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Is this function injective?
To determine if a function is injective, we need to check if each input value maps to a unique output value. If the function f(x) = x^2 is defined on the set of real numbers, then it is not injective because multiple input values (e.g. 2 and 2) map to the same output value (4). Therefore, the function f(x) = x^2 is not injective.

How can one prove that f is injective if g is injective?
One way to prove that function f is injective if function g is injective is to show that for any two distinct inputs x1 and x2, the outputs f(x1) and f(x2) are also distinct. Since g is injective, we know that g(x1) and g(x2) are distinct, and we can use this property to show that f is injective as well. Specifically, we can use the fact that g(f(x1)) = g(f(x2)) implies f(x1) = f(x2), and since g is injective, this implies x1 = x2. Therefore, f is injective.

How to show that if f and g are injective, then gf is also injective?
To show that if f and g are injective, then gf is also injective, we can use the definition of injective functions. An injective function is one where distinct inputs map to distinct outputs. So, if f and g are injective, then for any distinct inputs x1 and x2, f(x1) ≠ f(x2) and g(y1) ≠ g(y2) for any distinct outputs y1 and y2. Now, consider the composition gf. If gf(x1) = gf(x2), then f(x1) = f(x2), which implies x1 = x2 by the injectivity of f. Therefore, gf is also injective.

Is the following mapping surjective/injective?
To determine if a mapping is surjective or injective, we need to look at the properties of the mapping. Please provide the specific mapping you would like me to analyze.

Are these mappings injective and surjective?
The first mapping is not injective because multiple elements in the domain map to the same element in the codomain. However, it is surjective because every element in the codomain is mapped to by an element in the domain. The second mapping is injective because each element in the domain maps to a unique element in the codomain. However, it is not surjective because not every element in the codomain is mapped to by an element in the domain.

Are these mappings injective or surjective?
The first mapping is injective because each element in the domain is mapped to a unique element in the codomain. The second mapping is surjective because every element in the codomain is mapped to by at least one element in the domain.

Is the function injective or surjective?
To determine if a function is injective or surjective, we need to look at its properties. A function is injective if each element in the domain maps to a unique element in the codomain, meaning no two different elements in the domain map to the same element in the codomain. A function is surjective if every element in the codomain is mapped to by at least one element in the domain. To determine if a function is injective or surjective, we can analyze its graph, its algebraic representation, or its properties. If the function passes the horizontal line test, it is injective. If every element in the codomain has at least one preimage in the domain, the function is surjective. If the function is both injective and surjective, it is bijective.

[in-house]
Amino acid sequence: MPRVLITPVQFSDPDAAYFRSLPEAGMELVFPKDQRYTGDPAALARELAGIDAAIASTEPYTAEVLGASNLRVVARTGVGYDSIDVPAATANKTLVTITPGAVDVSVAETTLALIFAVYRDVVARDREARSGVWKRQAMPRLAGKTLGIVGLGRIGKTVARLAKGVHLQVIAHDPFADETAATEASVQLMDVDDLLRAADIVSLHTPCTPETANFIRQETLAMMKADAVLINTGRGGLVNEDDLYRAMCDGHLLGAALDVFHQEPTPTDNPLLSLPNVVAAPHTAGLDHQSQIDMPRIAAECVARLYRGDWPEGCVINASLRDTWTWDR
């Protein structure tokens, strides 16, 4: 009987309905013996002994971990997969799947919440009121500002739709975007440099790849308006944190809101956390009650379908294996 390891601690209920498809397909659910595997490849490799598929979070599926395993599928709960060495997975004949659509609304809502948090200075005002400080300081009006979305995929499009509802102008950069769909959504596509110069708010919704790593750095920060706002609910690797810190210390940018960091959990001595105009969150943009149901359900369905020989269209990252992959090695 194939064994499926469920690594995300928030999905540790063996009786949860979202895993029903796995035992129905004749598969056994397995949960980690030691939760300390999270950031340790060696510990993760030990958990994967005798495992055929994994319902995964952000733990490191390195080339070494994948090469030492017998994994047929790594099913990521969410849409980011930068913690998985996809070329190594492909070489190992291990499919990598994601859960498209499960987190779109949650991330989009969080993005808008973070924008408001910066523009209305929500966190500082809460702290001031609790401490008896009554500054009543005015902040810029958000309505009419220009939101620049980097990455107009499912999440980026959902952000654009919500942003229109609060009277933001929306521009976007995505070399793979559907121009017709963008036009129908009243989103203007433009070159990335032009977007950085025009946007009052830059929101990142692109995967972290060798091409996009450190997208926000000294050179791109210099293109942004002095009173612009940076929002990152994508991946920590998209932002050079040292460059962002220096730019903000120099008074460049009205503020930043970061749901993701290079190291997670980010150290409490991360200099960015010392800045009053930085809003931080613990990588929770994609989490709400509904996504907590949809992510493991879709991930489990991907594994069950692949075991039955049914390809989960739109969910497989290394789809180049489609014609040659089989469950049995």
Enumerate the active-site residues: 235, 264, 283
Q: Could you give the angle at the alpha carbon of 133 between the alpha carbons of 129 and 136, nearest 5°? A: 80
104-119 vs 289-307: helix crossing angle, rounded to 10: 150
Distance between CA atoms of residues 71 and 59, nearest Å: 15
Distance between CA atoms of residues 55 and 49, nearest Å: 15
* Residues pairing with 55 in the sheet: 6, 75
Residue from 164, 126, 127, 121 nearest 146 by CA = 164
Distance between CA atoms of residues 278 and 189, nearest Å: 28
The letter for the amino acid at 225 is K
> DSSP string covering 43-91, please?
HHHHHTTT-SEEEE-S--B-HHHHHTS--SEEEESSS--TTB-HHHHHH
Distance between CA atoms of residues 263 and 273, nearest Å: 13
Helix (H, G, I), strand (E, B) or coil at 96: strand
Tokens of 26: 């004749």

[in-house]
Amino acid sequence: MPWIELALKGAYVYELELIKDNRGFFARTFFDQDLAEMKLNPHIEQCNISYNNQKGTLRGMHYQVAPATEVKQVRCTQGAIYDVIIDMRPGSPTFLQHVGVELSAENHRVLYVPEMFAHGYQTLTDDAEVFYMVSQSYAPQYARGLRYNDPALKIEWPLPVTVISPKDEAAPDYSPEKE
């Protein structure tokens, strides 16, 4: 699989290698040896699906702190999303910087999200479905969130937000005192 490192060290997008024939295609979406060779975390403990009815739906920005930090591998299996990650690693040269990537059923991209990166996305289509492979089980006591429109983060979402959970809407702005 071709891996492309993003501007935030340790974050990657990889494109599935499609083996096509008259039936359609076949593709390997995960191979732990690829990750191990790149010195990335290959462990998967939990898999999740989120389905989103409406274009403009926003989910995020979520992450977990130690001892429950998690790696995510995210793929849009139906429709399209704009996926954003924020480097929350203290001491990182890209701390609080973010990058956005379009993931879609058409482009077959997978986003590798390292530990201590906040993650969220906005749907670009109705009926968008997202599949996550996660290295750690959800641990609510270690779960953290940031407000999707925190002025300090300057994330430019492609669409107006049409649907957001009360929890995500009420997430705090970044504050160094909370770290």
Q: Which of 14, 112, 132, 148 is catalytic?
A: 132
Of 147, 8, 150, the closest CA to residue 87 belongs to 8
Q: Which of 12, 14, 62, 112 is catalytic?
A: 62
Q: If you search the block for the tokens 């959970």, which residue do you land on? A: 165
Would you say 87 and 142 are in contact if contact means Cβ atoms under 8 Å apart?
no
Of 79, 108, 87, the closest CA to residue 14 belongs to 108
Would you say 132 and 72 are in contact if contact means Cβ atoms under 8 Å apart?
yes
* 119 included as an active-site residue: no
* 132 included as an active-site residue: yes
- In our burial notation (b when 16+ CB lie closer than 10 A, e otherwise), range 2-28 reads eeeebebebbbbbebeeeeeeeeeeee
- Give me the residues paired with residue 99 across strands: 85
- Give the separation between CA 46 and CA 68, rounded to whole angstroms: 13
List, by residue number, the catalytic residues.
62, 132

How can one show that if f and g are injective, then gf is also injective?
To show that if f and g are injective, then gf is also injective, we need to prove that for any two distinct elements a and b in the domain of gf, their images under gf are also distinct. Since f and g are injective, we know that f(a) ≠ f(b) and g(f(a)) ≠ g(f(b)). Therefore, it follows that gf(a) ≠ gf(b), proving that gf is injective.

Is the original function injective and surjective?
The original function is not injective because there are multiple inputs that map to the same output. For example, both 2 and 2 map to 4. However, the original function is surjective because every element in the codomain (positive real numbers) has a preimage in the domain (real numbers). Therefore, the original function is not injective but is surjective.

When is a matrix injective, surjective, bijective?
A matrix is injective if its columns are linearly independent, meaning that the only solution to the equation Ax=0 is x=0. A matrix is surjective if its columns span the entire codomain, meaning that for every element in the codomain, there exists at least one vector x such that Ax=b. A matrix is bijective if it is both injective and surjective, meaning that it has a unique solution for every element in the codomain.

What does the function surjective/injective mean?
A function is surjective if every element in the codomain has at least one preimage in the domain. In other words, every element in the codomain is mapped to by at least one element in the domain. A function is injective if every element in the codomain is mapped to by at most one element in the domain. In other words, no two distinct elements in the domain are mapped to the same element in the codomain.

Is the function sqrt(x) injective and surjective?
The function sqrt(x) is not injective because multiple inputs can map to the same output. For example, both sqrt(4) and sqrt(4) would equal 2. However, the function is surjective because for every nonnegative real number y, there exists an x such that sqrt(x) = y.
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